Assembly of New Brunswick
Énergie NB Power
Focused Business Plans - Facilities Management
NB Power has positioned itself to continue providing customers reliable electricity at competitive rates. To remain competitive, existing facilities must be efficiently managed and future facilities must be planned to provide long-term economic and environmentally responsible usage.
Integrated Resource Plan
The completion of NB Power's latest IRP in December 1995 indicates a strategic course of action which differs somewhat from the 1990 IRP. The IRP also contains a sensitivity analysis for such variables as load growth, oil prices, environmental externalities, economic parameters and the availability of natural gas. The overall impact of these variables does not have a significant effect on strategies as identified in the IRP. Based on all these factors the recommended strategic action contained in the IRP is as follows:
With the possibility of a deregulated and competitive electric utility industry in the future, the need for integrated resource planning may be diminished. In a deregulated environment the timing of new generation supply resources will be determined by the market place. In addition, demand-side management measures will no longer be driven by vertically integrated utilities to replace or defer new facilities. Instead programs will become cost reduction measures or differentiated services marketed to customers by distribution companies or by independent energy services companies.
Co-generation and Non-utility Generation (NUG)
NB Power's current resource plans include two wood-fired NUGs. One 38 MW NUG contract is planned for service in January 1997 and another 25 MW NUG contract for January 1998.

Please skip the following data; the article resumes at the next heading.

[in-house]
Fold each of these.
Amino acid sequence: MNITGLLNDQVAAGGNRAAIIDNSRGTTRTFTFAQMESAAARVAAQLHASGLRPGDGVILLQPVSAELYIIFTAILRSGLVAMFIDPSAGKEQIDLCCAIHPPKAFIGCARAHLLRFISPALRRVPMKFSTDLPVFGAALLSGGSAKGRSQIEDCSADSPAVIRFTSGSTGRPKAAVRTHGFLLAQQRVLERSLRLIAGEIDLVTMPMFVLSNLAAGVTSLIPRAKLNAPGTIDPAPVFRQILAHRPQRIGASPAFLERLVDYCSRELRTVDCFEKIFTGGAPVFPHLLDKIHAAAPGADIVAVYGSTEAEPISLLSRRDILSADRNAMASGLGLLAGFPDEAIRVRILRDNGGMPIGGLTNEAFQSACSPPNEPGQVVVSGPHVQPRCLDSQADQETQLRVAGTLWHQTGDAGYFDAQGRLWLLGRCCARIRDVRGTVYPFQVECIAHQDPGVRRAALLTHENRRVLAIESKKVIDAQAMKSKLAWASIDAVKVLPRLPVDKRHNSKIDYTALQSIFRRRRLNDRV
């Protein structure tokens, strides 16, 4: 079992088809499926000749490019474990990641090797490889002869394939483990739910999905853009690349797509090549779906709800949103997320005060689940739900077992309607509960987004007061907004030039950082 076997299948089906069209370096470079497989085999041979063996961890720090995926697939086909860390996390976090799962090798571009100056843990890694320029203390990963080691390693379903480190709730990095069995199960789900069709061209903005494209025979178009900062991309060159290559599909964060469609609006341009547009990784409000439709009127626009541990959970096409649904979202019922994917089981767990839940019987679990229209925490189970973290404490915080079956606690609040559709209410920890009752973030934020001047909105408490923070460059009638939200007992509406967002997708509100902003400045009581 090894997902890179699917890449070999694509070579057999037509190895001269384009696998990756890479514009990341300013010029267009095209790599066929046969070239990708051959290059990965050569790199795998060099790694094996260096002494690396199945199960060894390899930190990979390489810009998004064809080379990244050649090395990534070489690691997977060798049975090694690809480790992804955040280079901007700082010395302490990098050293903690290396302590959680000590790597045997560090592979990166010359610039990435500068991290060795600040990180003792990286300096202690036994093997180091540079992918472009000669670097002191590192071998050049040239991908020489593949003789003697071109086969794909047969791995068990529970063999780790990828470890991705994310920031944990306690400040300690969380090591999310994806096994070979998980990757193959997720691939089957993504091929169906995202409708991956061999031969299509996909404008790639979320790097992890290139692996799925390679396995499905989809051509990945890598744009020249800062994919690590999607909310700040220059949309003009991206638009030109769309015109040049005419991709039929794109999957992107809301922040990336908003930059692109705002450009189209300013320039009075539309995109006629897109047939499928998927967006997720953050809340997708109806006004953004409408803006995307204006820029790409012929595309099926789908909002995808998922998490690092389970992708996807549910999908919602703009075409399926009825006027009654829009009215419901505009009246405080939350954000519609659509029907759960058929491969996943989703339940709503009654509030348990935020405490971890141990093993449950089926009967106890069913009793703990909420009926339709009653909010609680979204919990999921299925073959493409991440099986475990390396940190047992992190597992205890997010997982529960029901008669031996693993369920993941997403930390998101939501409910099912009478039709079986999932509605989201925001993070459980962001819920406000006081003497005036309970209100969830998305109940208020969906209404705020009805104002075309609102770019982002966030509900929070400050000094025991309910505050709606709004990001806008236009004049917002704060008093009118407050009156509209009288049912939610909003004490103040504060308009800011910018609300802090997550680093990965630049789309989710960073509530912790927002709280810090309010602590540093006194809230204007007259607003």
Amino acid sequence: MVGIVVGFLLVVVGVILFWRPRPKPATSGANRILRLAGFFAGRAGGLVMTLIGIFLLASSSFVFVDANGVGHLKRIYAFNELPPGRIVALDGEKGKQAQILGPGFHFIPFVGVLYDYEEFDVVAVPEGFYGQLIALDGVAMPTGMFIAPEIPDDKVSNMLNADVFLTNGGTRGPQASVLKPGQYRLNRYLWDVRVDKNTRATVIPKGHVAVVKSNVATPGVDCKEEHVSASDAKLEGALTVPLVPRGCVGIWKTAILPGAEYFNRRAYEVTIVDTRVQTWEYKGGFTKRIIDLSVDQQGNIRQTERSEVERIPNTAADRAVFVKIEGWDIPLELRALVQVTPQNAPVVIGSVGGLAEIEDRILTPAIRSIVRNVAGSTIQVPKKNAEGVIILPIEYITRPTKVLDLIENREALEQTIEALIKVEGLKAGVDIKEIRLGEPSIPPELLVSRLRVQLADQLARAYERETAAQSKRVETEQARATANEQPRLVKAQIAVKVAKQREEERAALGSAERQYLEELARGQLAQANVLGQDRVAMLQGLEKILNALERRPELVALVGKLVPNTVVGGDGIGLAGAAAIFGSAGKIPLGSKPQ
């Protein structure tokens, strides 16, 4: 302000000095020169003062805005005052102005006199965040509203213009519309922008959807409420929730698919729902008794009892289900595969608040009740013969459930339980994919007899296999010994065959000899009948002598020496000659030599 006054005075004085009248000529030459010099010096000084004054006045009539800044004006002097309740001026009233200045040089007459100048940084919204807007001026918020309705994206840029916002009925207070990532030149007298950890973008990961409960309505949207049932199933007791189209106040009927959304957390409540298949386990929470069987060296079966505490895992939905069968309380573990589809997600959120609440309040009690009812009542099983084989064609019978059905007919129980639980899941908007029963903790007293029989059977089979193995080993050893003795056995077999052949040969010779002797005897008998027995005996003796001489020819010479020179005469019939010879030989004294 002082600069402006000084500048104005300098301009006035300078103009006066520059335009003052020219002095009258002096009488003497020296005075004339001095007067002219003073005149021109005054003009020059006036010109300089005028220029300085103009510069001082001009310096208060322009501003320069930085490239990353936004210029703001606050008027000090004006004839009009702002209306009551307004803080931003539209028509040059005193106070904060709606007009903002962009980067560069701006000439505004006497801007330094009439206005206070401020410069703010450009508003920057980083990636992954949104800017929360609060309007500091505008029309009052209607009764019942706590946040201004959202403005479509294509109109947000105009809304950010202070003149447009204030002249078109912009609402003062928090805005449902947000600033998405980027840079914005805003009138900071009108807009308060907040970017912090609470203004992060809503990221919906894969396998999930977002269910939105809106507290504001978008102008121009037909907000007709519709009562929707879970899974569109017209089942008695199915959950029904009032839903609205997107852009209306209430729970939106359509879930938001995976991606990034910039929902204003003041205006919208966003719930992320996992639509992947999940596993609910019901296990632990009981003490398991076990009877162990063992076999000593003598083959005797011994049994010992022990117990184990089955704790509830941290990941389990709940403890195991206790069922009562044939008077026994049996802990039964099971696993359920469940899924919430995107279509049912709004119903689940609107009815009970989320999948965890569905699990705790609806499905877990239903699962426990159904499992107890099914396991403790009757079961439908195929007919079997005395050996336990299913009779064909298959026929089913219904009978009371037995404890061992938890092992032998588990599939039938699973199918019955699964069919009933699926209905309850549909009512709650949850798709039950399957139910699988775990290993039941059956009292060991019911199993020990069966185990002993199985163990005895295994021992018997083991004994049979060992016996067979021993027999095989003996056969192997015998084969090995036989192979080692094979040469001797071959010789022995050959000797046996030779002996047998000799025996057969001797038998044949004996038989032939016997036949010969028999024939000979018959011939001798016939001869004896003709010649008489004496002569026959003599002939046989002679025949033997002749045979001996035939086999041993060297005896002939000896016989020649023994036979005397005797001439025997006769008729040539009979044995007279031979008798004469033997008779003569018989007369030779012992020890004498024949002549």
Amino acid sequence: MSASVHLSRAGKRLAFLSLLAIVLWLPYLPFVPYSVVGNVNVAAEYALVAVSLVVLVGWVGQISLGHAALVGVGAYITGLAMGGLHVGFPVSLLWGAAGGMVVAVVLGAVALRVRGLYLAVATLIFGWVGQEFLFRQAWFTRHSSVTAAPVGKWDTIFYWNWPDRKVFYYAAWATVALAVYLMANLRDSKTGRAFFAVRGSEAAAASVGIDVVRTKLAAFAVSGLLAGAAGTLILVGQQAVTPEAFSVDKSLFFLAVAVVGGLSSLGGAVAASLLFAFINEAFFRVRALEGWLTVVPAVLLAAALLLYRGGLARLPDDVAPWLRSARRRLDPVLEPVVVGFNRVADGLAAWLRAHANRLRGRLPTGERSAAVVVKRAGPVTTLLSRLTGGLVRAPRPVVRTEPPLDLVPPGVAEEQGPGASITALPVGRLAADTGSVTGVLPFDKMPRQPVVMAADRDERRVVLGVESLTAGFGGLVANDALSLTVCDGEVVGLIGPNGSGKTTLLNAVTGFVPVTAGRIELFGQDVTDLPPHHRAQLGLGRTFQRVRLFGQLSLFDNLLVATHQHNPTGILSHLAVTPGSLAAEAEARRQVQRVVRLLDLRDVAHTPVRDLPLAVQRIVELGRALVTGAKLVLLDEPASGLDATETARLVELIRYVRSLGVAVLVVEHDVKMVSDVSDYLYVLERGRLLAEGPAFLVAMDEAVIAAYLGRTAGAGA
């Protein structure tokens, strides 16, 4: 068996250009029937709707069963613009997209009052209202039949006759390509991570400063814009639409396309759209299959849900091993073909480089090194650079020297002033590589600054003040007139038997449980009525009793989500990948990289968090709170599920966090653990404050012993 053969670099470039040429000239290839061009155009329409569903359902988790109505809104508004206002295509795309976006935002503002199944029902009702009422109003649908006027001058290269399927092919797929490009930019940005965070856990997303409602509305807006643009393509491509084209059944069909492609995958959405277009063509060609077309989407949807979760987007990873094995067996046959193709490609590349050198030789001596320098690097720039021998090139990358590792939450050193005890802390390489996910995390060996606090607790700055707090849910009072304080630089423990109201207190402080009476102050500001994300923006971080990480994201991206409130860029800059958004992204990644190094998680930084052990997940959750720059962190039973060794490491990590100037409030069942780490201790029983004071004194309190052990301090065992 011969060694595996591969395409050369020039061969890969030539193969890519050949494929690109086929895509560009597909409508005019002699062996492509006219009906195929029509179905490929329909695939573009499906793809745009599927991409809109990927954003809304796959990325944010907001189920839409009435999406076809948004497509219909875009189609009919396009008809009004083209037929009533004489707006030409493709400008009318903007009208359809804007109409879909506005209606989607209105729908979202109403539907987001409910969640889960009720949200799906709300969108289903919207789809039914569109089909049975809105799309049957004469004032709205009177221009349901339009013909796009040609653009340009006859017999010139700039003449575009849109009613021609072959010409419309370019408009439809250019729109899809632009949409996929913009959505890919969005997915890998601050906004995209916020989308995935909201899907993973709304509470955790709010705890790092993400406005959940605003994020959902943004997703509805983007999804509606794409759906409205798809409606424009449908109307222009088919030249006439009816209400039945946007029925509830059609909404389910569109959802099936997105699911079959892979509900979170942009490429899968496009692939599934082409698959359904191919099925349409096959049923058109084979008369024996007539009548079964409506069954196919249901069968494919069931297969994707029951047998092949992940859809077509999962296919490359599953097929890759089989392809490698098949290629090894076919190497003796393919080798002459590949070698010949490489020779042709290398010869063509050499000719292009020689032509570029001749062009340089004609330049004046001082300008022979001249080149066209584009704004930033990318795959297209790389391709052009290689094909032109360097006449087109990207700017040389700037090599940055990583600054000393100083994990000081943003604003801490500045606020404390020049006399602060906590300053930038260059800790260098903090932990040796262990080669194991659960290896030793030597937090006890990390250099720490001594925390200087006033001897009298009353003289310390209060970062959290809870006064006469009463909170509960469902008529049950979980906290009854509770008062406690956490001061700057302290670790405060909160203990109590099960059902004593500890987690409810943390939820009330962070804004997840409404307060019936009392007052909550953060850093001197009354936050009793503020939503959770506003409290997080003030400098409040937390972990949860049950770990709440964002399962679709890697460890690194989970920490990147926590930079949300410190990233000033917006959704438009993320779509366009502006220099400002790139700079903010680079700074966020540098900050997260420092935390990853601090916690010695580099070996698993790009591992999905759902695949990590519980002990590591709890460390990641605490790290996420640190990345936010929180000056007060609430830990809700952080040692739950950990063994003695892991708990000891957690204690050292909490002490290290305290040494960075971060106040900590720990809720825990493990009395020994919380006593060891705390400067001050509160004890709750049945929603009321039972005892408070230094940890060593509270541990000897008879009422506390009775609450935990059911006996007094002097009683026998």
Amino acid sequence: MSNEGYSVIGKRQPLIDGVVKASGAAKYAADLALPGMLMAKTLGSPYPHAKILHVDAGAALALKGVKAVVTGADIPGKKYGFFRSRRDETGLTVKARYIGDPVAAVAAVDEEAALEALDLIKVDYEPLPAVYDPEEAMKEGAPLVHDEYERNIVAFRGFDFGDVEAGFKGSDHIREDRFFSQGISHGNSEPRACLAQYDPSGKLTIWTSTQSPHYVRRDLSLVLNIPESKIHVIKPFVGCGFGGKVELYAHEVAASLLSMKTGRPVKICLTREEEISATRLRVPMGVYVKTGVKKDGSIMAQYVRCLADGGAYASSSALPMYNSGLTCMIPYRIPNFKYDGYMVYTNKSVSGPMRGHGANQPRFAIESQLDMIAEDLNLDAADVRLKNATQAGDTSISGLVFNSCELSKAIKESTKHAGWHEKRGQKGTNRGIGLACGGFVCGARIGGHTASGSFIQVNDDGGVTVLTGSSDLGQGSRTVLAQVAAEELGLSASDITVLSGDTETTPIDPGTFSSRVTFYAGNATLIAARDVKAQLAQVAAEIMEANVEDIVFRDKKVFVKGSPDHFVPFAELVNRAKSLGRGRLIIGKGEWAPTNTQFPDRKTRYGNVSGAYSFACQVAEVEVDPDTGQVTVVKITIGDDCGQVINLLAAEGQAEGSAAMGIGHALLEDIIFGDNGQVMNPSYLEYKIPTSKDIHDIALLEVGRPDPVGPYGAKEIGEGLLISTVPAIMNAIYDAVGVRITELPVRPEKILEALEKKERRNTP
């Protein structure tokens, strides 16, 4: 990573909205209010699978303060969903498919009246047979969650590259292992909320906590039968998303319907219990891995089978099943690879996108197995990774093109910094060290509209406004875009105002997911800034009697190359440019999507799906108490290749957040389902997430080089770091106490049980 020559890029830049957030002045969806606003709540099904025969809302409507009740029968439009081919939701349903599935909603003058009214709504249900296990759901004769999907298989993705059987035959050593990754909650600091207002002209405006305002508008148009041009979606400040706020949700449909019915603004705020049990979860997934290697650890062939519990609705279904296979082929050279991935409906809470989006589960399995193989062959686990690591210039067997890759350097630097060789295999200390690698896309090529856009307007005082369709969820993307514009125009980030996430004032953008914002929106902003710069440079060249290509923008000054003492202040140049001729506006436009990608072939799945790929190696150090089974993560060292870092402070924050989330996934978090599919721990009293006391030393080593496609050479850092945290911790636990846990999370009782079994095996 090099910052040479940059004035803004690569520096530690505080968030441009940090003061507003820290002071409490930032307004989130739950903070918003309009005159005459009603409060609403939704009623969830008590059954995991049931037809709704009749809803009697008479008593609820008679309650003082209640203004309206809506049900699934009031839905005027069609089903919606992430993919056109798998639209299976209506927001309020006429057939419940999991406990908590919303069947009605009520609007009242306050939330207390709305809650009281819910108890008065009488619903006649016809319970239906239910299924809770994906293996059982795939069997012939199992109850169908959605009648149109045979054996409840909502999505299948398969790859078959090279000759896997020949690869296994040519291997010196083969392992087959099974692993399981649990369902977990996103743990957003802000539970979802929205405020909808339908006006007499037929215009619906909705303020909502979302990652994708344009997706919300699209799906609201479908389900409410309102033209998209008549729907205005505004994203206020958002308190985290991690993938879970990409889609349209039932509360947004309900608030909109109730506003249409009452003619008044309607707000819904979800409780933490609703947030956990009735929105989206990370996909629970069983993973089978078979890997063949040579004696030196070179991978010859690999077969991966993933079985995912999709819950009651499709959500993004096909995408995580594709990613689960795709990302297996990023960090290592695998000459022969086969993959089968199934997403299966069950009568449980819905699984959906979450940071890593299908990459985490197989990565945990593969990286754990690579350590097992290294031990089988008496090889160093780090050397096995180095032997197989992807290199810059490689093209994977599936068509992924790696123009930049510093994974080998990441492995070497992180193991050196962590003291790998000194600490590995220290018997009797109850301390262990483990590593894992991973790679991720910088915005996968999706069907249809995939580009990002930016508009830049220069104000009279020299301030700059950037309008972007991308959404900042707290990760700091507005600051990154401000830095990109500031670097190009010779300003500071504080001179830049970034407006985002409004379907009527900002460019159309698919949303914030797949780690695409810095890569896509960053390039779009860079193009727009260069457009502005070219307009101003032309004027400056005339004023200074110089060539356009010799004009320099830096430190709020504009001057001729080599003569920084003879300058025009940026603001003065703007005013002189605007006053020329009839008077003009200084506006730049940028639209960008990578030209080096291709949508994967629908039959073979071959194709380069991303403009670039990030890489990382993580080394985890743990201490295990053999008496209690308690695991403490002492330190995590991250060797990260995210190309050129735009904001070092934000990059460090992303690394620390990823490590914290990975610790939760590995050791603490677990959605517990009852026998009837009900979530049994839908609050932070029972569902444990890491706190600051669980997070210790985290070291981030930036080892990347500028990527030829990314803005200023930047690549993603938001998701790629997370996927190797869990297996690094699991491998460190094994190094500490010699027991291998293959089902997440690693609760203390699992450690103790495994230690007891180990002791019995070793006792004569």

To pursue mutually beneficial means of providing future energy requirements, ensure competitive rates for its customers and assist New Brunswick industry to be more competitive, NB Power chairs an ad hoc Forestry Committee with representatives from the pulp and paper industry.
In addition, NB Power will review its overall non-utility generation policy during 1996. Areas to be considered include rate structures, alternative energy sources, interconnection requirements and stand-alone generation projects. At this stage, the non-utility generation policy will likely be similar to NB Power's co-generation policy detailed in the NB Power - Facilities Management section.
Demand-Side Management (DSM)
With the completion of NB Power's latest IRP, future conservation and DSM efforts are critical in achieving a least cost plan to meet future load requirements. Future energy conservation initiatives are expected to feature the following:
The "Heat Plus" program, an energy-efficiency retrofit initiative for the residential sector, will continue over the next five years. Individual home owners will be eligible for loans up to $3,500 at attractive interest rates to carry out energy-efficiency measures. A total of almost $6,000,000 is expected to be advanced under this program over a five-year period.
External Market Opportunities
NB Power's long-term strategies must incorporate existing commitments for the sale of electricity to external markets as well as potential sale opportunities. NB Power's committed external sales are detailed in Table 11.
External markets today, New England included, are considerably more competitive than only a few years ago. With lower than expected load growth, U.S. utilities are generally reporting surplus generation until the turn of the century. Limited generation additions are planned for New England. Of the planned additions, many are in the form of Non-Utility Generators (NUGs). These are relatively low cost combined cycle units fuelled with natural gas primarily acquired from Western Canada. As a result, NB Power's traditional markets in the U.S. are turning toward lower priced short term contracts to meet existing and future loads. This type of market makes it difficult to establish long-term agreements.